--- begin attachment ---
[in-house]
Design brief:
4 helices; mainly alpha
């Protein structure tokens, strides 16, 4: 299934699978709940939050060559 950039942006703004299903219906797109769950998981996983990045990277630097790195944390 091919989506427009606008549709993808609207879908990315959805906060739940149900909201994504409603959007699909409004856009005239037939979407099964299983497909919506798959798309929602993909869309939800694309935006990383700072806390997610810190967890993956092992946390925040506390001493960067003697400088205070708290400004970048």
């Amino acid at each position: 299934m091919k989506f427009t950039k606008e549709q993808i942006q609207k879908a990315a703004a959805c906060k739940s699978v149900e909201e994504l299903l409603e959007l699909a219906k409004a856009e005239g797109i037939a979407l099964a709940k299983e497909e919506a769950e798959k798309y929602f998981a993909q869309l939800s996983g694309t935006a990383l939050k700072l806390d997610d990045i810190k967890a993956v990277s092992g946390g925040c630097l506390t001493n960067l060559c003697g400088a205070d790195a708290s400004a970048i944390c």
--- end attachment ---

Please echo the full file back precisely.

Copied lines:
[in-house]
Design brief:
4 helices; mainly alpha
């Protein structure tokens, strides 16, 4: 299934699978709940939050060559 950039942006703004299903219906797109769950998981996983990045990277630097790195944390 091919989506427009606008549709993808609207879908990315959805906060739940149900909201994504409603959007699909409004856009005239037939979407099964299983497909919506798959798309929602993909869309939800694309935006990383700072806390997610810190967890993956092992946390925040506390001493960067003697400088205070708290400004970048």
């Amino acid at each position: 299934m091919k989506f427009t950039k606008e549709q993808i942006q609207k879908a990315a703004a959805c906060k739940s699978v149900e909201e994504l299903l409603e959007l699909a219906k409004a856009e005239g797109i037939a979407l099964a709940k299983e497909e919506a769950e798959k798309y929602f998981a993909q869309l939800s996983g694309t935006a990383l939050k700072l806390d997610d990045i810190k967890a993956v990277s092992g946390g925040c630097l506390t001493n960067l060559c003697g400088a205070d790195a708290s400004a970048i944390c």